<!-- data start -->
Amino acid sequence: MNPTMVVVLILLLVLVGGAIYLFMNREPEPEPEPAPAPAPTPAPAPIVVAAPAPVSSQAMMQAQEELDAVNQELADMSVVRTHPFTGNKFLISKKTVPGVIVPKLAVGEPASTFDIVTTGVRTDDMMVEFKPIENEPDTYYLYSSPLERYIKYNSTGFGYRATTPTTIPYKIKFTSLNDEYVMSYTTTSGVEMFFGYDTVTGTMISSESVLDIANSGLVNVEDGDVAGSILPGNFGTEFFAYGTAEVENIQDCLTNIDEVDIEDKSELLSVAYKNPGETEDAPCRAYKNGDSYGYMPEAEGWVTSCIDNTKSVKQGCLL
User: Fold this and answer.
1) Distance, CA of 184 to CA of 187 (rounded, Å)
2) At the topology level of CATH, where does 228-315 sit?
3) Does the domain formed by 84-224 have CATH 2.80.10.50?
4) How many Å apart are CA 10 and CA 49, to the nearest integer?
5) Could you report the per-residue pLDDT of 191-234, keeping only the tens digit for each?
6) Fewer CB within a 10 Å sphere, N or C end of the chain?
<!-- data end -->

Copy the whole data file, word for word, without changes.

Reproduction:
Amino acid sequence: MNPTMVVVLILLLVLVGGAIYLFMNREPEPEPEPAPAPAPTPAPAPIVVAAPAPVSSQAMMQAQEELDAVNQELADMSVVRTHPFTGNKFLISKKTVPGVIVPKLAVGEPASTFDIVTTGVRTDDMMVEFKPIENEPDTYYLYSSPLERYIKYNSTGFGYRATTPTTIPYKIKFTSLNDEYVMSYTTTSGVEMFFGYDTVTGTMISSESVLDIANSGLVNVEDGDVAGSILPGNFGTEFFAYGTAEVENIQDCLTNIDEVDIEDKSELLSVAYKNPGETEDAPCRAYKNGDSYGYMPEAEGWVTSCIDNTKSVKQGCLL
User: Fold this and answer.
1) Distance, CA of 184 to CA of 187 (rounded, Å)
2) At the topology level of CATH, where does 228-315 sit?
3) Does the domain formed by 84-224 have CATH 2.80.10.50?
4) How many Å apart are CA 10 and CA 49, to the nearest integer?
5) Could you report the per-residue pLDDT of 191-234, keeping only the tens digit for each?
6) Fewer CB within a 10 Å sphere, N or C end of the chain?